Two weeks ago, a good friend of mine popped into her doctor’s surgery during her lunch hour to have an IUD fitted. An IUD — “intrauterine device” — is also called a coil, and it’s a tiny T-shaped piece of metal or plastic that needs to be inserted into the womb through the neck of the cervix and then left there. It prevents pregnancy, and some types of IUDs also release hormones to regulate a woman’s menstrual cycle or to smooth the passage of early menopause.
So far, so good. And my friend has given birth vaginally to children and she’s had plenty of smear tests in her lifetime, so she went to the doctor without a second thought. Off she went to the doctor’s surgery, up she hopped onto the paper-covered vinyl bed that all women are so grimly familiar with from pelvic exams, and obediently she slipped her feet onto the waiting stirrups so that the doctor could “pop the IUD into place”.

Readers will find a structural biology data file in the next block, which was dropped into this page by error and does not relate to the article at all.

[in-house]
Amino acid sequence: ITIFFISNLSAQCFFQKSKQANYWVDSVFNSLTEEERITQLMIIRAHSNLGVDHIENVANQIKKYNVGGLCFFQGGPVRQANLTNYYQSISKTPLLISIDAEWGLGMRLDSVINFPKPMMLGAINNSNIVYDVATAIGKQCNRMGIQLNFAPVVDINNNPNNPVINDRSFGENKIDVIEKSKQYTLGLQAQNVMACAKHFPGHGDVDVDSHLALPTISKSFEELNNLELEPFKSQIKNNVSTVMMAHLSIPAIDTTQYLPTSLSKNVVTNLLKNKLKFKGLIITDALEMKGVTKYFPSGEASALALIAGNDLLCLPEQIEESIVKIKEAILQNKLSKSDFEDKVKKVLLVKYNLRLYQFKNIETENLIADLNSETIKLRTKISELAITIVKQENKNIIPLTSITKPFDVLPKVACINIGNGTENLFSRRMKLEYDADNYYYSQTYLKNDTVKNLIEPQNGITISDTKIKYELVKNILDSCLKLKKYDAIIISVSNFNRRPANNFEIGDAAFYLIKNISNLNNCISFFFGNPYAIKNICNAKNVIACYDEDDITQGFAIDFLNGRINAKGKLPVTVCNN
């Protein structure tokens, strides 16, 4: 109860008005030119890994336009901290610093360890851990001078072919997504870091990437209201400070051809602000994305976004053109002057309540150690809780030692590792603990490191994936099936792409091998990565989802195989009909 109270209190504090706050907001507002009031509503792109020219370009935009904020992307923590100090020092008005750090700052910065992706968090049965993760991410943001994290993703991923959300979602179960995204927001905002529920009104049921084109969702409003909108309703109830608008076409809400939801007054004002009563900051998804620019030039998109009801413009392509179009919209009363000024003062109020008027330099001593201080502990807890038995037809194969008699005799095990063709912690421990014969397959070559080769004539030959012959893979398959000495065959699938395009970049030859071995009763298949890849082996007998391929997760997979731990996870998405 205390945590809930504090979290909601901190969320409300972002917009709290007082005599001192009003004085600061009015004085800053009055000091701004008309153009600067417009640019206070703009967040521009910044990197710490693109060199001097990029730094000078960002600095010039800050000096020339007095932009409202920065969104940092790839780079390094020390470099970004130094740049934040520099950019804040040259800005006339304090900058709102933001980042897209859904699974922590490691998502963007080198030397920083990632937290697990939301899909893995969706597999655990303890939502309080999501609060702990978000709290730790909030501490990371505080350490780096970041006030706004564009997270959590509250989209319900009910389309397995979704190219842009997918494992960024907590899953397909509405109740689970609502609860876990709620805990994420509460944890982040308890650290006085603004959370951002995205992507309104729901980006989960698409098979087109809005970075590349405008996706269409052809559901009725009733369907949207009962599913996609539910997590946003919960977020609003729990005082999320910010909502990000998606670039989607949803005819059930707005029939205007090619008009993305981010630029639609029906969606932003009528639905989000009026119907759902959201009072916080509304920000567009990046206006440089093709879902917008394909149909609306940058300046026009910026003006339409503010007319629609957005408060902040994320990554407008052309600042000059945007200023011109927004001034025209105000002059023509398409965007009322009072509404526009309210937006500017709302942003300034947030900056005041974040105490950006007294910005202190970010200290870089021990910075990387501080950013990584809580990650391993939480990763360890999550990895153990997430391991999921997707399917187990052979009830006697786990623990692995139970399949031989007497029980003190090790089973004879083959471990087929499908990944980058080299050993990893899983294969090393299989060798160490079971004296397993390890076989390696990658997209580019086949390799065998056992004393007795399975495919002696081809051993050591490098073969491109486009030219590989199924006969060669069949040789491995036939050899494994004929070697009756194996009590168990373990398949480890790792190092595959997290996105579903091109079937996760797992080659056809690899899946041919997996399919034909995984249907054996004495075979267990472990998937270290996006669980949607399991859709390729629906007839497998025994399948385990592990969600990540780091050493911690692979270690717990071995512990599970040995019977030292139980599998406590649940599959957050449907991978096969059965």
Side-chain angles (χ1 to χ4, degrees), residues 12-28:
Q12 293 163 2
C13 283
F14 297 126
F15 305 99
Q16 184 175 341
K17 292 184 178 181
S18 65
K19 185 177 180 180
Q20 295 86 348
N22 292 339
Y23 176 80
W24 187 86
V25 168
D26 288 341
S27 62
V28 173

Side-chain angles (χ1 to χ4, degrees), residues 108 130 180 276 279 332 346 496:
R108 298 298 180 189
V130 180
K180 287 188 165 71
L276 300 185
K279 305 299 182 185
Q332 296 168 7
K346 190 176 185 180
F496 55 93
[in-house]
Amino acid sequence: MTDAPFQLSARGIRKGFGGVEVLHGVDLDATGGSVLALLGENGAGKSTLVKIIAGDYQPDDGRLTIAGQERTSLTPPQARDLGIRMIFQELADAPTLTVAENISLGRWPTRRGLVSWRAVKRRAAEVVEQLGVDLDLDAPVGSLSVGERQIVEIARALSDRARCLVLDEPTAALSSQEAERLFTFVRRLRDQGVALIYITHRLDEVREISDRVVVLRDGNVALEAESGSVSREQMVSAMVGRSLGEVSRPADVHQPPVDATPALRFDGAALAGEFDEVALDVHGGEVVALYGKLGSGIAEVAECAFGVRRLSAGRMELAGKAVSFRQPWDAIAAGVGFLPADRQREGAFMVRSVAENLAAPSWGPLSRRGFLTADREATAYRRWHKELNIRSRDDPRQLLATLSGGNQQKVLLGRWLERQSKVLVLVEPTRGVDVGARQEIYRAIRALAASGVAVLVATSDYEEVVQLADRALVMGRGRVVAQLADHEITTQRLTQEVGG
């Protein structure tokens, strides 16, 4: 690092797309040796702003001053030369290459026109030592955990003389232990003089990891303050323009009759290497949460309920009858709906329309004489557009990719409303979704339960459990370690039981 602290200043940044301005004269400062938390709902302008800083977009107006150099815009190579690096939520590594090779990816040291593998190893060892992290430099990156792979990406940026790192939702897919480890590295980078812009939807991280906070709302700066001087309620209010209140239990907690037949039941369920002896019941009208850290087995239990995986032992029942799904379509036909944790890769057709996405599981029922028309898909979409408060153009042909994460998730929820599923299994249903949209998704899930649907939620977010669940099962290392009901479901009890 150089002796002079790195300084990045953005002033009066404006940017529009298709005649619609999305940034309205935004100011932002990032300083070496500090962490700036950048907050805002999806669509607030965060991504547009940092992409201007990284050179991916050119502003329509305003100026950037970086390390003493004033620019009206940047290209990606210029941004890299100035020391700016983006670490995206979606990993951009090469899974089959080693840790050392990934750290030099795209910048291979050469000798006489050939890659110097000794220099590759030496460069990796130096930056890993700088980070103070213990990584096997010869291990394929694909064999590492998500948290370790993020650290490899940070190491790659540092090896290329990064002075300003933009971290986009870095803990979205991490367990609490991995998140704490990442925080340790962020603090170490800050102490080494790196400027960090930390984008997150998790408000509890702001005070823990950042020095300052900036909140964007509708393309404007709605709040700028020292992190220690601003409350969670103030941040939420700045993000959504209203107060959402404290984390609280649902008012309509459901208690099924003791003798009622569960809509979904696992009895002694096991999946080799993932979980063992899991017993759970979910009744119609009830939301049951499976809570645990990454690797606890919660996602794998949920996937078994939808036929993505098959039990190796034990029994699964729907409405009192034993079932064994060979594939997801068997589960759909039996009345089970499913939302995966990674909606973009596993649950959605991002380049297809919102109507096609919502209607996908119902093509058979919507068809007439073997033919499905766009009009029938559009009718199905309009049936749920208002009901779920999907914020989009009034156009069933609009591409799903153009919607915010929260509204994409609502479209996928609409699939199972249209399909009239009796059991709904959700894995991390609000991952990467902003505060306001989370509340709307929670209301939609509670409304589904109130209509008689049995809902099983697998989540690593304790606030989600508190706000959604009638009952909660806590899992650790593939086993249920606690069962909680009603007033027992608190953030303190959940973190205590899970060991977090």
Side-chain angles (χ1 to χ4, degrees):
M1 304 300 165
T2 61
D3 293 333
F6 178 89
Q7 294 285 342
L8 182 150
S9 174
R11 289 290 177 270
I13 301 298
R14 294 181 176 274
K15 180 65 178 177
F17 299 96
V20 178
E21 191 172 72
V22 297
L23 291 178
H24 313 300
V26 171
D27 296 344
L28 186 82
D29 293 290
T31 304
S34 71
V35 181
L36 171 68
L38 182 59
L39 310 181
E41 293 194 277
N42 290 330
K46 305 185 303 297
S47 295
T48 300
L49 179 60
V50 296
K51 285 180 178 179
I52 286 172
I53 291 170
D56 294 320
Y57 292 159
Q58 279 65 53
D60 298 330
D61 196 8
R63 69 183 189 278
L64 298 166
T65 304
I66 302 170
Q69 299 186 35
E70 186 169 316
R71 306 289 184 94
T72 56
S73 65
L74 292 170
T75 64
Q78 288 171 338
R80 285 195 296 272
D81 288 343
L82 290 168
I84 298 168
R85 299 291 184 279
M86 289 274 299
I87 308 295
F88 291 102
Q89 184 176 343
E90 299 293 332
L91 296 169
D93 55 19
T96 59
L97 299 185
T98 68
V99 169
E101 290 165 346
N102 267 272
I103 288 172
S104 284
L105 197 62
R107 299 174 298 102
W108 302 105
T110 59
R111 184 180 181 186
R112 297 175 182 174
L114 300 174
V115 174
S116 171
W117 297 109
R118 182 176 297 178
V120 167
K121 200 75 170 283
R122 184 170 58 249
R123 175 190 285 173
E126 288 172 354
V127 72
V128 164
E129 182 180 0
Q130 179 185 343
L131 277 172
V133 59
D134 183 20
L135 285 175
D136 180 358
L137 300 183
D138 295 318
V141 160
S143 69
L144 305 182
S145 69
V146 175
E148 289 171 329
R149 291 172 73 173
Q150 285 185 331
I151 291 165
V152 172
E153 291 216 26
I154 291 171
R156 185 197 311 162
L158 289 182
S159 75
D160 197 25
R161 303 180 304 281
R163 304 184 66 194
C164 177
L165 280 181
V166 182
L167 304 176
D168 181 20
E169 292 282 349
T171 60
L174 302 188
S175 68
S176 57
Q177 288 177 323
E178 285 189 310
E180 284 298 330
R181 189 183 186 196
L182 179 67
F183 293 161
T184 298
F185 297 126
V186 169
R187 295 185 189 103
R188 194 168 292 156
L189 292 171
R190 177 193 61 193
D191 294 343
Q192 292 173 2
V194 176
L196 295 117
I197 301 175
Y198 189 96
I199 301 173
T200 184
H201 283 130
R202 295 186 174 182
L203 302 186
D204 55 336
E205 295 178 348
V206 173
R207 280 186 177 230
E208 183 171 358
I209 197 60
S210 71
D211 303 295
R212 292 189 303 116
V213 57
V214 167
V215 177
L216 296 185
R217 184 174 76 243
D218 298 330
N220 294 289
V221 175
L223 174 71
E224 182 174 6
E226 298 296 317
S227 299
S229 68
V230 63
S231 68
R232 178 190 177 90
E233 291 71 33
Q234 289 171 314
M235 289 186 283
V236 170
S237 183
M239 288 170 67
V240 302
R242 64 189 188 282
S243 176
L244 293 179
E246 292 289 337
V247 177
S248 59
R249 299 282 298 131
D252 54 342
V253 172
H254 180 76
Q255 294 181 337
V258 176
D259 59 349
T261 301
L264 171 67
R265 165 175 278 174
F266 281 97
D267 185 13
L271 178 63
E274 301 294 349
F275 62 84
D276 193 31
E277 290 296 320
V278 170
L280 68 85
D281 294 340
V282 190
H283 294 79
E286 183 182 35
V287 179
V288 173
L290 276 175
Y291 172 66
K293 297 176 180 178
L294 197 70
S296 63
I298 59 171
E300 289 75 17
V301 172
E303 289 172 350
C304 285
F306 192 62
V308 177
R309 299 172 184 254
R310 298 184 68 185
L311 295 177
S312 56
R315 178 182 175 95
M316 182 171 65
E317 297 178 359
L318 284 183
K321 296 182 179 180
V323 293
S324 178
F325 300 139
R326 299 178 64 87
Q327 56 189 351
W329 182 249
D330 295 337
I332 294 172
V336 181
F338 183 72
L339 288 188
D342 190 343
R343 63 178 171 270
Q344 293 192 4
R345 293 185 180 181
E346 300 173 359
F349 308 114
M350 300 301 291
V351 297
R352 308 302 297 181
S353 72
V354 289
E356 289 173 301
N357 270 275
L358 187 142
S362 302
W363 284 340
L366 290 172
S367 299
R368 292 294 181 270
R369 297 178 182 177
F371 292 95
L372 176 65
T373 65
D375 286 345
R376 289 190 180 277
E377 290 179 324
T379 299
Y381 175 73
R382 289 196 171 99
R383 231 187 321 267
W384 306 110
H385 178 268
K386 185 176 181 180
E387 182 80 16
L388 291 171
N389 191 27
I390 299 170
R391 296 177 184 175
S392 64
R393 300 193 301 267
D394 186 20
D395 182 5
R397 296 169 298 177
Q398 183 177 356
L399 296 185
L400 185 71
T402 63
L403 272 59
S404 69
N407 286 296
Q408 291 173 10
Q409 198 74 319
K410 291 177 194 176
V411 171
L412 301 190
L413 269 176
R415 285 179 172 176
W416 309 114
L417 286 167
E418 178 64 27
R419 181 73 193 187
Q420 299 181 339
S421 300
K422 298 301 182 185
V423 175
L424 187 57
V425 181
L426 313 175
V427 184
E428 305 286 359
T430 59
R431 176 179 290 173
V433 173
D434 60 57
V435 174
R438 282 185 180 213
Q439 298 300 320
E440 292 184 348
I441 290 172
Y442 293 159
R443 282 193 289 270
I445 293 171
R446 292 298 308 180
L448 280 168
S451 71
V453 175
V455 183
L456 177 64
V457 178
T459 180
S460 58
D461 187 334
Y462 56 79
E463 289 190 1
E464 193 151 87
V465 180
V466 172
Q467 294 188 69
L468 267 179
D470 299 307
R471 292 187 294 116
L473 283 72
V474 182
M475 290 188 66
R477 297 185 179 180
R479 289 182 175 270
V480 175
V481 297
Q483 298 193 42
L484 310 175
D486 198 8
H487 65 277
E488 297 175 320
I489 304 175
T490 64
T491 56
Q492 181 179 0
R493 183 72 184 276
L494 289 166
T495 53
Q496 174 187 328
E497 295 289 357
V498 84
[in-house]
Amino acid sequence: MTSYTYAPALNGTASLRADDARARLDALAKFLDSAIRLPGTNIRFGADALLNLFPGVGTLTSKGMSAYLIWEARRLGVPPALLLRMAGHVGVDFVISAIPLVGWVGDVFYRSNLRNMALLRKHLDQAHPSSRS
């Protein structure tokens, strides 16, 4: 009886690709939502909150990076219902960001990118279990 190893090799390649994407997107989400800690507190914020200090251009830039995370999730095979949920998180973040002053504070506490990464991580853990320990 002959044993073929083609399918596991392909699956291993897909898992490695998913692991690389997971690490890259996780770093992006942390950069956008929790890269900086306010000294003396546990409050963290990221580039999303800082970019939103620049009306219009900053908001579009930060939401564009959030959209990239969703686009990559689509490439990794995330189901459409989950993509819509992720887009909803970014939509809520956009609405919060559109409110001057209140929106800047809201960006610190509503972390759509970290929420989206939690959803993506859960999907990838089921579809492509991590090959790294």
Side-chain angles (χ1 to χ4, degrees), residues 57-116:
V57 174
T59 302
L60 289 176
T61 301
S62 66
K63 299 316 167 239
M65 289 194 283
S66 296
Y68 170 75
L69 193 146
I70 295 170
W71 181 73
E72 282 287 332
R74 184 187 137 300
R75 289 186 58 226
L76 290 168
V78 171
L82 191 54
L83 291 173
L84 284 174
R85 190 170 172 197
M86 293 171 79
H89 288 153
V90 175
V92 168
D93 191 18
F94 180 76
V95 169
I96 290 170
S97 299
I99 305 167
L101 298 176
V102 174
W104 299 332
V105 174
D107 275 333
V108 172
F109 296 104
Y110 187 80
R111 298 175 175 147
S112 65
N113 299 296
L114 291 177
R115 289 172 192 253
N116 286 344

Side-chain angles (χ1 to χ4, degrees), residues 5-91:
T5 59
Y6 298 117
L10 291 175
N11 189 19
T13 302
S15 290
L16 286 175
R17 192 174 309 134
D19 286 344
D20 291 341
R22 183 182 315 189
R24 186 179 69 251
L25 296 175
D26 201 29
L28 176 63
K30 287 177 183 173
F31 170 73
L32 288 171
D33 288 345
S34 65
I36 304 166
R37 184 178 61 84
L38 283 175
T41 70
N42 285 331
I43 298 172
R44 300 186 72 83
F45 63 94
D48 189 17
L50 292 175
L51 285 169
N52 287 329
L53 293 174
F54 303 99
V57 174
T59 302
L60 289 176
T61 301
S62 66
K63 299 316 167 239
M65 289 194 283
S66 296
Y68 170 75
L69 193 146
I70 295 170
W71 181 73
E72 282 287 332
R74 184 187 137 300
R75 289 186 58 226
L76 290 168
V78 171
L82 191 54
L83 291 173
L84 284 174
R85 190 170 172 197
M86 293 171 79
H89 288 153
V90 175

Only — there was no popping of anything into place. What followed for my friend was a muted half-hour of suppressed agony as she tried stoically to be “brave” while the doctor, for her own part, tried again and again to open the recalcitrant cervix.
After half an hour and a lot of held-back tears, my friend called time on the whole thing, and the doctor finally gave up. “Sorry,” she said. “This does happen quite a lot. You’ll need to make another appointment on another day and we’ll see what we can do about a sedative.”
We’ll see what we can do about a sedative.
My friend went home and she had to go to bed. For the next couple of days, she experienced cramps and bleeding that reminded her of labor.